‘Start the conversation’

Most Americans can be found somewhere in the middle, as illustrated by the fact that Democrats can win a national landslide in 2008 and Republicans can do the same a mere two years later. But sometimes it seems all the attention these days is focused on the nation’s political poles.

It’s almost as if these are the only two schools of thought offering open enrollment:

• There’s way too much government in our country today, and we need to drastically downsize it if we are to rebuild a nation of self-reliant people who will do good deeds because of their character, not because they’re legally required to.


Great job on unified MPA plan

It had all the makings of a train wreck, or perhaps the better metaphor is shipwreck. A North Coast fishing industry already beset by decreasing stock and increasing regulations faced the prospect of a whole new layer of restrictions — including establishment of new no-take zones.

California’s Marine Life Protection Act may make perfect sense from a conservation standpoint, but it also seemed like it had the potential to be another serious blow to a vital industry that helps define who we are on the North Coast.

The issue is still playing out, but at this point it appears a unified proposal for the establishment of Marine Protection Areas in this region may get adopted by the state.


 


The camera as note-taker

The digital age has made better photographers of almost all of us. No longer restricted by the cost of purchasing and developing film, we blast away on the shutter, secure in the knowledge that we can delete the bad stuff on a computer and never see it in print.

Even most professionals snap numerous shots of each scene, especially since they’re equipped with motor-drives that can bring almost a video effect to moving subjects captured in so many still frames. There’s bound to be a keeper in there somewhere.


Sports gets more colorful

I’m tapping this out on a sun-splashed, whale-spouted Thanksgiving morning, thankful that life is good enough that occasionally I can indulge myself with thoughts of sports.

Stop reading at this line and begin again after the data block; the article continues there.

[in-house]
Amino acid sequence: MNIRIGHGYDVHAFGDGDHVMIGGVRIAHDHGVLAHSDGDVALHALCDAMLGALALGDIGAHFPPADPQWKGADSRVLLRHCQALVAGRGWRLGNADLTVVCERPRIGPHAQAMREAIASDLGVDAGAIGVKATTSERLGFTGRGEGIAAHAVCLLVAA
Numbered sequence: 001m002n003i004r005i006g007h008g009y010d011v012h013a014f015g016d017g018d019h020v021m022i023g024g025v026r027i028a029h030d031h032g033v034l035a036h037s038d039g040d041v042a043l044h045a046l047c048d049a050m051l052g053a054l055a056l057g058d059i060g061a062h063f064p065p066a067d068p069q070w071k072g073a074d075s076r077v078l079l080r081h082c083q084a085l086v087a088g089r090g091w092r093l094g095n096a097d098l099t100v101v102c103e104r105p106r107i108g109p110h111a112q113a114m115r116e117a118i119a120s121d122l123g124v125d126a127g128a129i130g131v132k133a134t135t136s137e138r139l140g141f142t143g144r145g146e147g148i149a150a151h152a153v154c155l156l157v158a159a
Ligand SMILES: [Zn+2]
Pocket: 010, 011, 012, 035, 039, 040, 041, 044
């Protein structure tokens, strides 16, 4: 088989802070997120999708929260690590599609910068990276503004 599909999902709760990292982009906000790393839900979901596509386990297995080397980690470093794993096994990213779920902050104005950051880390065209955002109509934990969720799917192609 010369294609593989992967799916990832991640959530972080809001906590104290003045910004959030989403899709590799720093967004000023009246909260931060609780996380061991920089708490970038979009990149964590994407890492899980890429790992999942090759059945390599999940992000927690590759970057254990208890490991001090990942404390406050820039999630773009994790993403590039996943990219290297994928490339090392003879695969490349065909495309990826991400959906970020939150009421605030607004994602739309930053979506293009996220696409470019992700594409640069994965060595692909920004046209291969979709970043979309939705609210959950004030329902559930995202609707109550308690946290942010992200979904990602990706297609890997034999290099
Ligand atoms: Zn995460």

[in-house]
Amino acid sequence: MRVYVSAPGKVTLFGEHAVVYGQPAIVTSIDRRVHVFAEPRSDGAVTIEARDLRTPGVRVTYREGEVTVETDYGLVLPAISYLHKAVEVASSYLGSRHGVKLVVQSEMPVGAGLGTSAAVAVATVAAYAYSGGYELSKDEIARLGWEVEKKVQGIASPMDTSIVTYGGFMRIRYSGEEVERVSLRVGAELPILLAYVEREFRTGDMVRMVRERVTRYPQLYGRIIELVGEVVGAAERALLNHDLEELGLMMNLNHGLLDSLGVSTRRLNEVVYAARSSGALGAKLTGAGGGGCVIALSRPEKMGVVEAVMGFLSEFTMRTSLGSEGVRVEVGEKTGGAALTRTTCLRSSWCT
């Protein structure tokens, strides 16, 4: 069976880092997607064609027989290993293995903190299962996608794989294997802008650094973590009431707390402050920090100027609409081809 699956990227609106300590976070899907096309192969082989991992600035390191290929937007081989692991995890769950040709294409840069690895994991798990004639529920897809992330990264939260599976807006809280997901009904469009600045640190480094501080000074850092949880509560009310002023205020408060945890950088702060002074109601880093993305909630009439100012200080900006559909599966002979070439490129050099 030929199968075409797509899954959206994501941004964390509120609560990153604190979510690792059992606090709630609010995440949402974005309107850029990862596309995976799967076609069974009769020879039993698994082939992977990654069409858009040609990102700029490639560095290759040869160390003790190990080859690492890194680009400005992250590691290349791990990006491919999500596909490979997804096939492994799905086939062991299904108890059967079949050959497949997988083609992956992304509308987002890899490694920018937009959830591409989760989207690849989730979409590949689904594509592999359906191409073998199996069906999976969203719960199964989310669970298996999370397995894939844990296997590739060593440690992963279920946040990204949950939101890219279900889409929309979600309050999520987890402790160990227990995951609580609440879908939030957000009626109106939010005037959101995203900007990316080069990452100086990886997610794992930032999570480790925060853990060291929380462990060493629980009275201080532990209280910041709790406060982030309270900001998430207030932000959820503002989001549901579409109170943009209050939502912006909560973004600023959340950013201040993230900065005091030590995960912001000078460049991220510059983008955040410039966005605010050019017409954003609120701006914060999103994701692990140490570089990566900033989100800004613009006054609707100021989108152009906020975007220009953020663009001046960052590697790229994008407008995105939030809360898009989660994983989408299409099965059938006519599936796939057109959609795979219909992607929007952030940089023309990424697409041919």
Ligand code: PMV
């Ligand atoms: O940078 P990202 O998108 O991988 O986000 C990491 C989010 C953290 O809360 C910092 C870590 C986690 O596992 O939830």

If you’re a fan of the Del Norte Warriors and our youth football teams, you’ve probably noticed that life has gotten a little better on The Triplicate’s sports pages. Thanks to a couple of new press units, we now have the capacity to print color sports photos in every issue. We’ve already put this to good use as Del Norte’s fall sports seasons were winding down, and soon the winter seasons will provide new opportunities. In issues such as today when there’s no local sports stories, the color will still be there.

It’s one more way to showcase the work of our photographers, Bryant Anderson and Rick Postal. When they can’t be on the scene, the newspaper has gotten some huge assists from parents of athletes and other supporters of local teams. Most recently, John Pritchett’s photos of Del Norte’s playoff football game in the Bay Area appeared in the Tuesday paper.


A streak to remember

An incredible streak of consecutive league titles for the Del Norte High School volleyball team ended recently. It’s worthy of note, not because it’s over, but because it happened in the first place.

For 21 — count ’em, 21 — consecutive seasons, the Warriors either won outright or shared league titles. That’s a level of dominance unmatched by the best-known dynasties in sports: the Yankees in baseball, the Celtics in pro basketball or UCLA in college basketball.

For several straight seasons, the volleyball team didn’t even drop a league match. It lost three this season, and McKinleyville took the championship. The streak may be over, but Del Norte’s run of volleyball success certainly is not.